6. This is really interesting. I always knew it & spelled it as Greens Farms. I lived at 111 Beachside Avenue for a few years when I rented a room from Thomas hughes: at the 18th c. house & property called the Machamux house – built on the Native campground on the hill just up from Burying Hill beach & called that because of the bronze ‘Machamux’ plaque stating that about the Natives – put there I think in the 30s. Now the plaque is on a little triangle of grass separated by the highway built in 59. The house is now on the town historic register under another name (of the original earlier owners). Another house preceding it was burnt down by the British. (Or the ‘Red Coats’ as even present day English people used to be called here in the 60s! hahaha…).

    • Also: Mr. Hughes told me he rented rooms to actors / actresses who played the Westport Country Playhouse – in response to an ad in the local paper requesting locals w/ spare rooms to do so. This was in the early 1950s.

  7. Peter Jennings Talbot

    Bankside became Greens Farms, as the name was changed in 1732 to recognize that John Green was the largest landowner, owning several properties. Previously, there had been a movement by the General Court to adopt the name Machamux, but it failed.

    • x Peter Jennings Talbot – I was going to write ‘That’s good – because it’s easier for people to spell than would be Machamux.’ – but then I remembered people are still confused about the spelling of Greens Farms.

    • Peter Jennings Talbot

      …and our Jennings family has always referred to/spelled it without the apostrophe.

      • Yes Mr. Talbot – I’m assuming you’re from Greens Farms then (or Southport. No matter… your family is so old – from when it was both). I’m pretty sure everyone who lived in Greens Farms spelled it that way. I hope this doesn’t turn into a violent row between people… hahaha… I say after several hundred years one can drop the apostrophe on everything under the sun – regardless of it’s original spelling: Levis vs. Levi’s etc.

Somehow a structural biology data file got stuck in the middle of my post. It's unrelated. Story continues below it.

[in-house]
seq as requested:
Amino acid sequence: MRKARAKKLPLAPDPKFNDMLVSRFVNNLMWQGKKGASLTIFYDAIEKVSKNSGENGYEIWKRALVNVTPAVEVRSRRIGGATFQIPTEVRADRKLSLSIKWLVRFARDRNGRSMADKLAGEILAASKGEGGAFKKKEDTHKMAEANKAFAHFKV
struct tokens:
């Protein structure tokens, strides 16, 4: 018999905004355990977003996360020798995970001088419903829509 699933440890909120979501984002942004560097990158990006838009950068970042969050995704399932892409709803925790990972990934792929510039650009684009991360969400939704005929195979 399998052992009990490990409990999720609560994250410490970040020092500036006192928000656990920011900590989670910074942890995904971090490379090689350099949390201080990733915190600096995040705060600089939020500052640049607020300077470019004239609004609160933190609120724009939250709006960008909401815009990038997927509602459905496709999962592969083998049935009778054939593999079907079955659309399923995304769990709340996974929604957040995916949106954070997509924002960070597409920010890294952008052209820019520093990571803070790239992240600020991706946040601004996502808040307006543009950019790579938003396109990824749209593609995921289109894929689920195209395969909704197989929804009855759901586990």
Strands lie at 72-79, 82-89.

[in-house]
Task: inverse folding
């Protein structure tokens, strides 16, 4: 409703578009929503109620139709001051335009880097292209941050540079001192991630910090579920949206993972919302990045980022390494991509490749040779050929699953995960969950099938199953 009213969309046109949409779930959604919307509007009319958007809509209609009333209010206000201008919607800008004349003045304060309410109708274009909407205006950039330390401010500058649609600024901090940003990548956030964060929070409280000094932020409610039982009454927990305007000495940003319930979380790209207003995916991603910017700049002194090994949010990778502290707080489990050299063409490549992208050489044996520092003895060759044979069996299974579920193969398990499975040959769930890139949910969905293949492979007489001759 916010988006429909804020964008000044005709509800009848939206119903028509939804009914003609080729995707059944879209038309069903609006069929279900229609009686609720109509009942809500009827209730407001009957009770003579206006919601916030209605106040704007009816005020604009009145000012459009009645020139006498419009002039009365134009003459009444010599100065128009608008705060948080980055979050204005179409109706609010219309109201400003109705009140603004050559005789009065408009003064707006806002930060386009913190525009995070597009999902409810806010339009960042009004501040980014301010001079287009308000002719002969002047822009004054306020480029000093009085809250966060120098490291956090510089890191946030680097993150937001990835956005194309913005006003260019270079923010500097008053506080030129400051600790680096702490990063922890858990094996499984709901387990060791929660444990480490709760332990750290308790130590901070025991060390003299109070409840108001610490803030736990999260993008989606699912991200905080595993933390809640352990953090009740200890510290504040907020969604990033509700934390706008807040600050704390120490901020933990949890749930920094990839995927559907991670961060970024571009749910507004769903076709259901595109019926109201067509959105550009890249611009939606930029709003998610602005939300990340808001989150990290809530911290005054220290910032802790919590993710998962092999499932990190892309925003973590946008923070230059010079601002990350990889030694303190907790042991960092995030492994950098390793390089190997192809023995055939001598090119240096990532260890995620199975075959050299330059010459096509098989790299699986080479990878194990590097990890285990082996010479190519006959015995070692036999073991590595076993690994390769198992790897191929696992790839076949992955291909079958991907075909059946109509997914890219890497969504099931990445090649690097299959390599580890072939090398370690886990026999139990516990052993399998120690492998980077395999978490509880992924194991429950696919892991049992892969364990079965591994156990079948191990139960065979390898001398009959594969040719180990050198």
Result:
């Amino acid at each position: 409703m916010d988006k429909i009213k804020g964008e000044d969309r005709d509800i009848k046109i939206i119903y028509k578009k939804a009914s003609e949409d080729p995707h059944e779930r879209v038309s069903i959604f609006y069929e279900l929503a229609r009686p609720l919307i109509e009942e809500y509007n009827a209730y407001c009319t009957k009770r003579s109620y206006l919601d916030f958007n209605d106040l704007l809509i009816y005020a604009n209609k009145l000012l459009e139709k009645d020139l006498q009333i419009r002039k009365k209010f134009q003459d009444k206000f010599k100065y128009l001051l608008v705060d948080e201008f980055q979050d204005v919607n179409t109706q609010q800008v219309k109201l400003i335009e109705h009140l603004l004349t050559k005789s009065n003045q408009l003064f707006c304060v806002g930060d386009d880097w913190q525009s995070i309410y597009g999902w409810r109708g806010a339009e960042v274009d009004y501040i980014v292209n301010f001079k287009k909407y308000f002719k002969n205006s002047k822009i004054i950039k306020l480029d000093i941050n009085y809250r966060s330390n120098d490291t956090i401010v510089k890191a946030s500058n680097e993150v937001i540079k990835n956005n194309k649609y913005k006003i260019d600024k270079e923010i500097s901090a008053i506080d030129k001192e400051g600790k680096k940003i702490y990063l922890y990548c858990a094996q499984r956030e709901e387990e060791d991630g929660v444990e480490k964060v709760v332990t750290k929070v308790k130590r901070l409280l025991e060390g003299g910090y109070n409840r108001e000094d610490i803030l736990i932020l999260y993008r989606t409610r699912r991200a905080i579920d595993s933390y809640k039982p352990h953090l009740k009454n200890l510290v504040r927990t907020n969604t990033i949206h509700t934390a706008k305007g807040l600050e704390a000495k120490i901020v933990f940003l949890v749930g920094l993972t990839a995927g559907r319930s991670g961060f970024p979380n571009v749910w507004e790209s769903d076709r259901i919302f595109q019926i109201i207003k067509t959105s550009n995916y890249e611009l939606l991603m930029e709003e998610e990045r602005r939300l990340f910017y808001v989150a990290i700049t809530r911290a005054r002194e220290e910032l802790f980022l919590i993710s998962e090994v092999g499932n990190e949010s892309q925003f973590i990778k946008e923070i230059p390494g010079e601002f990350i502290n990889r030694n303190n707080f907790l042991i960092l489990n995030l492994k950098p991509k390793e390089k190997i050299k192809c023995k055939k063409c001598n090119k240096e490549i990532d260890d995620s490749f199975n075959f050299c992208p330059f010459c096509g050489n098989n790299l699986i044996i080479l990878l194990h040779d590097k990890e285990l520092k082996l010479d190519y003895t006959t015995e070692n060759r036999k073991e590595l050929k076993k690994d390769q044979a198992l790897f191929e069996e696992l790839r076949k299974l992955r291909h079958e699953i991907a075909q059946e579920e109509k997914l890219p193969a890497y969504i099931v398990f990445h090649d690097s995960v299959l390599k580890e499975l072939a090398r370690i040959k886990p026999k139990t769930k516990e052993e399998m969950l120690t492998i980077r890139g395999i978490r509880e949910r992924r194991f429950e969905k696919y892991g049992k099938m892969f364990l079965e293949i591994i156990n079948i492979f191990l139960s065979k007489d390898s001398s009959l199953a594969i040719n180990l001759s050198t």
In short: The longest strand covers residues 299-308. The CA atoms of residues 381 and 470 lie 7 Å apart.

• Peter Jennings Talbot

          Yes, Zoe, from the first Joshua Jennings. The apostrophe or not is certainly an interesting question making those interested in the local history give it some thought. I greatly appreciate the comment that out ancestors were notorious for their misspelling!

  8. Jacques Voris

    But here is another question: Who exactly was John Green? We all know he was one of the original Bankside Farmers, and was a “large landowner”. However, past that he has been a bit of a mystery to me and others. Henry Gray, Daniel Frost, and Francis Andrews all had children that intermarried with later settlers. Even for Thomas Newton we hear a story about him getting in some trouble, being broken out by friends, and rowing across the sound to Long Island. But John Green? Not much at all. The only thing I have ever seen is that he may have moved down to Stamford. But if he didn’t? Then he sort of disappears.

  9. Bobbi Essagof

    I love this piece and all the comments and have sent it on to my colleagues at The Greens Farms School as this has been a topic of debate since the day we reopened, 17 years ago. I have retired from my position but will continue to forward relevant topics to friends at Greens Farms School, this is the how we were told it is to be spelled last year, who need to be kept informed of so many things Dan through 06880 shares with us.
    Thank you Dan for always keeping us thinking.

  10. Bob Weingarten

    Just wanted to point out to the teachers in Greens Farms Elementary School that if you go to the Westportct.gov website, go to the entry that says Departments & Services, then to Education you will find a list of schools. The one of interest is the entry which says: “Green’s Farms Elementary School”. This was pointed out in my article in Greens Farms Living. Interenting…

  11. Bob Weingarten

    One more entry from the WHS House Historian,

    The following is information on John Green written in 1881 in the Hurd book, available at the WHS. Hurd was discussing the character of the five Bankside farmers and said the following for John Green:

    “The name of John Green, the fourth on the list, is occasionally met on the first volume of records of the town of Fairfield, but nowhere in the town or colony record is found anything to his disparagement. In 1672 he was appointed by the General Court one of a committee of three “to view the township of Rye (then under the jurisdiction of Connecticut), and consider what highways may be necessary and requisite for the use of the town and colony.” He must have lived to an advanced age, for I find in 1699 an instrument recorded by which he manumits and grants freedom to his negro man Harry, upon condition that said Harry shall choose some good man to live with, and serve two years, and get twenty pounds to pay the board and education of a grandson. This instrument was signed with a cross. The old man had probably become too paralyzed to write his name. He had a son, John Green, Jr., who settled in Stamford, and was one of the eight freemen, and was also constable of that town in 1669.”

    • I have read sources that claim the John Green of Stamford was neither the Bankside farmer, nor his son. Which goes back to my point. If he isn’t, then John sort of disappears. If he is, the family seemed to relocate down to Stamford. Which leads me to my own pet theory of why “Greens Farms”, because John and his kin were no longer around. Descendants of Gray, Frost, and Andrews still were (in addition to other large families). So they name it after some not around as to not offend those who were around.